Bowie’s Books: The Hundred Literary Heroes Who Changed His Life
Much was made of the fact that David Bowie liked to read – he had a list of his favourite books, and it included so many classics. Outside of that there were interesting choices including journalism, memoir, contemporary novels…
John O’Connell unpacks that all with this wonderful list-book which examines the 100 top books that Bowie loved.
It’s so much more than just a list of must-read books – O’Connell knows how to tell a good yarn, so as well as telling us about classic and obscure texts, in fairly bite-sized precis-sketches, he also draws some interesting connections to Bowie’s work or how David might have been inspired by a particular author or text. Yes, there’s some guesswork but that’s part of the fun for Bowie fans and scholars, and, for the most part, O’Connell resists the drawing of a long bow, he knows his subject well and is able to pinpoint eras (Ziggy, Berlin Trilogy, Thin White Duke et al) where the sci-fi, dystopian and gritty novels had serious impact. He also knows how to examine the music journalism that Bowie loved (books on soul in particular, and a Little Richard biography) and apply it to the Bowie discography.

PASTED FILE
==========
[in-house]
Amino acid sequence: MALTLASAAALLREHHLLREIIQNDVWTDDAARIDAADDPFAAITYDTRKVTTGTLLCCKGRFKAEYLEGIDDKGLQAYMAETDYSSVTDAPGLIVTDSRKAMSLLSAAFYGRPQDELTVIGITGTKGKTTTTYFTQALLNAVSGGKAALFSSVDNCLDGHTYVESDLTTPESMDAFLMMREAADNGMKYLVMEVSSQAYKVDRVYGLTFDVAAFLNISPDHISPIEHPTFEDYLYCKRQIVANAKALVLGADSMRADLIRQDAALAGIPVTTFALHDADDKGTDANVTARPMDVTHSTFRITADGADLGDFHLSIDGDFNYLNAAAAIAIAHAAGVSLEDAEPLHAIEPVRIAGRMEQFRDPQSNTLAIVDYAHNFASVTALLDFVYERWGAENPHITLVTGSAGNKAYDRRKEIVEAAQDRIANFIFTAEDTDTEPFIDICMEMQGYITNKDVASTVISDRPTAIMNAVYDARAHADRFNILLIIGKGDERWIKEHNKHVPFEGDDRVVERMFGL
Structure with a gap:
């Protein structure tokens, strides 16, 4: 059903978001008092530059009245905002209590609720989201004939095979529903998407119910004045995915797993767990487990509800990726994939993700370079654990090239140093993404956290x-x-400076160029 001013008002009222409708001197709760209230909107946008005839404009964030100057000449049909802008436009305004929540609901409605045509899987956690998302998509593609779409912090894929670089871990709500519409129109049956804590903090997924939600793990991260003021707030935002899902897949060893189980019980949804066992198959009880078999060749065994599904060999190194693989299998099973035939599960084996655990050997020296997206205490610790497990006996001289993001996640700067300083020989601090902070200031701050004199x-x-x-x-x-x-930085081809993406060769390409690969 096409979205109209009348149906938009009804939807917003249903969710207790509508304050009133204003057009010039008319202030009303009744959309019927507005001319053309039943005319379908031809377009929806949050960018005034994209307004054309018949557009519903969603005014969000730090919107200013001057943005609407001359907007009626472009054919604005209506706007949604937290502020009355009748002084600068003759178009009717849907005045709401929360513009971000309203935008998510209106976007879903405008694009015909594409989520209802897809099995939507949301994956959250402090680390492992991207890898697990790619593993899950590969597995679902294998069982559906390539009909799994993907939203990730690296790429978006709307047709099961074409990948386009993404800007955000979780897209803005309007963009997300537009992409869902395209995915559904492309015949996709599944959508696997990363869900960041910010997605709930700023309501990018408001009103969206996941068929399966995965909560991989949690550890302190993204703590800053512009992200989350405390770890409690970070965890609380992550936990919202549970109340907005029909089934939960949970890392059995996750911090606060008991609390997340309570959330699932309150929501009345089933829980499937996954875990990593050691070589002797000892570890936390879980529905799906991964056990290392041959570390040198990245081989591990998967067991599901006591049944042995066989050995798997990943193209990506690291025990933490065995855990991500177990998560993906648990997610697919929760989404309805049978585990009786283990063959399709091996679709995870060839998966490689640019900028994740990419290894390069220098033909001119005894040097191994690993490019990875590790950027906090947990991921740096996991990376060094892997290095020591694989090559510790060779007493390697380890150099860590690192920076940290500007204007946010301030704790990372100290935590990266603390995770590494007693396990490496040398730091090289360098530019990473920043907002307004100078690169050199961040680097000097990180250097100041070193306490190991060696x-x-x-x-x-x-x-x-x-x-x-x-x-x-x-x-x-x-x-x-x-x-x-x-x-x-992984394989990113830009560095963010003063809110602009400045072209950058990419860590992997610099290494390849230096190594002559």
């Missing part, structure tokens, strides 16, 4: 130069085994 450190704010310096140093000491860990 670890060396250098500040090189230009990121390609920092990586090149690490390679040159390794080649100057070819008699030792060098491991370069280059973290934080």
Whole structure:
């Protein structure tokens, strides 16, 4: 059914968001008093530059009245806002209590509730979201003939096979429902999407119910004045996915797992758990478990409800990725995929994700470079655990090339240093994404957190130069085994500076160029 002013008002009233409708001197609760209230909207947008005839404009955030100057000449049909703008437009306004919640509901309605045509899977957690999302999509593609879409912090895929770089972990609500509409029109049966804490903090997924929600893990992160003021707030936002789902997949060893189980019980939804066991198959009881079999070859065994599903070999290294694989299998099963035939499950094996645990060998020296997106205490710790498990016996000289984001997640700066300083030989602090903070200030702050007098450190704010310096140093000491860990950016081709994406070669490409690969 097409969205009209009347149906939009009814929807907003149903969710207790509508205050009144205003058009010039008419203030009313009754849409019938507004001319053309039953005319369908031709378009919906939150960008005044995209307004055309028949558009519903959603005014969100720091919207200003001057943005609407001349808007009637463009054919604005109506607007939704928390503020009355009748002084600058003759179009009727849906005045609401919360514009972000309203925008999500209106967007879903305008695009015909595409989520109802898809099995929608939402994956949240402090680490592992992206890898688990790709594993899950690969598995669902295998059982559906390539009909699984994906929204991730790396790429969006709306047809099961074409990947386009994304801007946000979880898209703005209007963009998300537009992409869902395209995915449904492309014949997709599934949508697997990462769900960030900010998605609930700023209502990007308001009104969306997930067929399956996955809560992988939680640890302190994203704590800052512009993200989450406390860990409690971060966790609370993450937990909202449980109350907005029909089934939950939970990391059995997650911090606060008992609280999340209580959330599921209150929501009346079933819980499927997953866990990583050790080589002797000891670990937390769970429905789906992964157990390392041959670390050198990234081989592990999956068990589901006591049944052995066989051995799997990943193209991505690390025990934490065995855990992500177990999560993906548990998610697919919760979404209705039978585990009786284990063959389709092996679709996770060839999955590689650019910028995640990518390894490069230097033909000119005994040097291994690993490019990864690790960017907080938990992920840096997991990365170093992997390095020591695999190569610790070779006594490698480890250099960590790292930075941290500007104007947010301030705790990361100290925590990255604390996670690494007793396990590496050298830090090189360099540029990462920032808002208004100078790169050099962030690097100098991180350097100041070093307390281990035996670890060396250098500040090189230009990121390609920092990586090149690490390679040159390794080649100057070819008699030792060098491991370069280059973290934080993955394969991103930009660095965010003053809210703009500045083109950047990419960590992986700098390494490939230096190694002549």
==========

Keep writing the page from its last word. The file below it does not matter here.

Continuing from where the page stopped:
Each entry is capped off with a fun little “read it while listening to…” mention of a particular Bowie song. Again, some deep dives here into covers and bootlegs. And there’s also an alternative reading list – so if you like one of the titles on this list you’re given a suggestion of what to try next.
This works well for anyone combing through the book that has already read several of the titles. Maybe you’ve only read one Anthony Burgess book for example. And where would you go next, given there are so many titles to choose? O’Connell is writing both from his own point of view here and with an attempt to get inside the mind of Bowie.
It’s to our great benefit that he knows his subject so well and cares about it in the way he does.
When I cracked the spin of this book I worried it would be dry, academic. Actually it’s a very fun read – but you also get the jump on a few things. It’s unlikely that anyone would read all 100 of the main titles listed here, but you get some good sample-knowledge, something beyond mere Trivial Pursuits.
I not only ticked off all the books I had read, I made notes in the columns around titles I was keen to try and circled many of the “Further Reading” recommendations as being of greater interest to me than the main suggestions.
In that sense this is a worthwhile resource. A book to thumb through again and again.
A reminder too, and you can’t miss it, it’s on every page, that Bowie was so invested in his work – he took his art seriously, he was passionate, wise and even at his most inauthentic he was never less than sincere.
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